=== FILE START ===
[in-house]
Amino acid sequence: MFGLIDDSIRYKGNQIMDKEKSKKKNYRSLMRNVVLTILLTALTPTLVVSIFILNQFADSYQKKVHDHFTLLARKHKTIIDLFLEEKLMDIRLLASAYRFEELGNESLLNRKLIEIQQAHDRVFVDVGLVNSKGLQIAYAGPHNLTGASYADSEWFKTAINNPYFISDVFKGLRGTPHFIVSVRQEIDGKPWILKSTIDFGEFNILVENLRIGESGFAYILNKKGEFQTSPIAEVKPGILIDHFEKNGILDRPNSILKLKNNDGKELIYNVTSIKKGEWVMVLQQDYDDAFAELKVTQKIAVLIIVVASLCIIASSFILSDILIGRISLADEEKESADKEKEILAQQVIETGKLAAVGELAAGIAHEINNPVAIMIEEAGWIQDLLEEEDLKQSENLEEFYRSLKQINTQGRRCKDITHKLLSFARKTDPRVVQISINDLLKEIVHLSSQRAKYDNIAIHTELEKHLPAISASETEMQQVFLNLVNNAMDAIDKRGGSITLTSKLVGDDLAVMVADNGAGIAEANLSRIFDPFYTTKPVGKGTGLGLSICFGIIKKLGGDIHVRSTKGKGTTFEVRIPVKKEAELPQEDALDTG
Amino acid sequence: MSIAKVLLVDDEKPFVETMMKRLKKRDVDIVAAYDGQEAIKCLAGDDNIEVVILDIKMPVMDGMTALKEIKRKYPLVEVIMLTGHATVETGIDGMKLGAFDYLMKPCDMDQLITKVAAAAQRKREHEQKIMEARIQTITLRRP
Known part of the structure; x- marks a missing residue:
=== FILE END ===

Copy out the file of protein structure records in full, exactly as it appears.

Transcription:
[in-house]
Amino acid sequence: MFGLIDDSIRYKGNQIMDKEKSKKKNYRSLMRNVVLTILLTALTPTLVVSIFILNQFADSYQKKVHDHFTLLARKHKTIIDLFLEEKLMDIRLLASAYRFEELGNESLLNRKLIEIQQAHDRVFVDVGLVNSKGLQIAYAGPHNLTGASYADSEWFKTAINNPYFISDVFKGLRGTPHFIVSVRQEIDGKPWILKSTIDFGEFNILVENLRIGESGFAYILNKKGEFQTSPIAEVKPGILIDHFEKNGILDRPNSILKLKNNDGKELIYNVTSIKKGEWVMVLQQDYDDAFAELKVTQKIAVLIIVVASLCIIASSFILSDILIGRISLADEEKESADKEKEILAQQVIETGKLAAVGELAAGIAHEINNPVAIMIEEAGWIQDLLEEEDLKQSENLEEFYRSLKQINTQGRRCKDITHKLLSFARKTDPRVVQISINDLLKEIVHLSSQRAKYDNIAIHTELEKHLPAISASETEMQQVFLNLVNNAMDAIDKRGGSITLTSKLVGDDLAVMVADNGAGIAEANLSRIFDPFYTTKPVGKGTGLGLSICFGIIKKLGGDIHVRSTKGKGTTFEVRIPVKKEAELPQEDALDTG
Amino acid sequence: MSIAKVLLVDDEKPFVETMMKRLKKRDVDIVAAYDGQEAIKCLAGDDNIEVVILDIKMPVMDGMTALKEIKRKYPLVEVIMLTGHATVETGIDGMKLGAFDYLMKPCDMDQLITKVAAAAQRKREHEQKIMEARIQTITLRRP
Known part of the structure; x- marks a missing residue: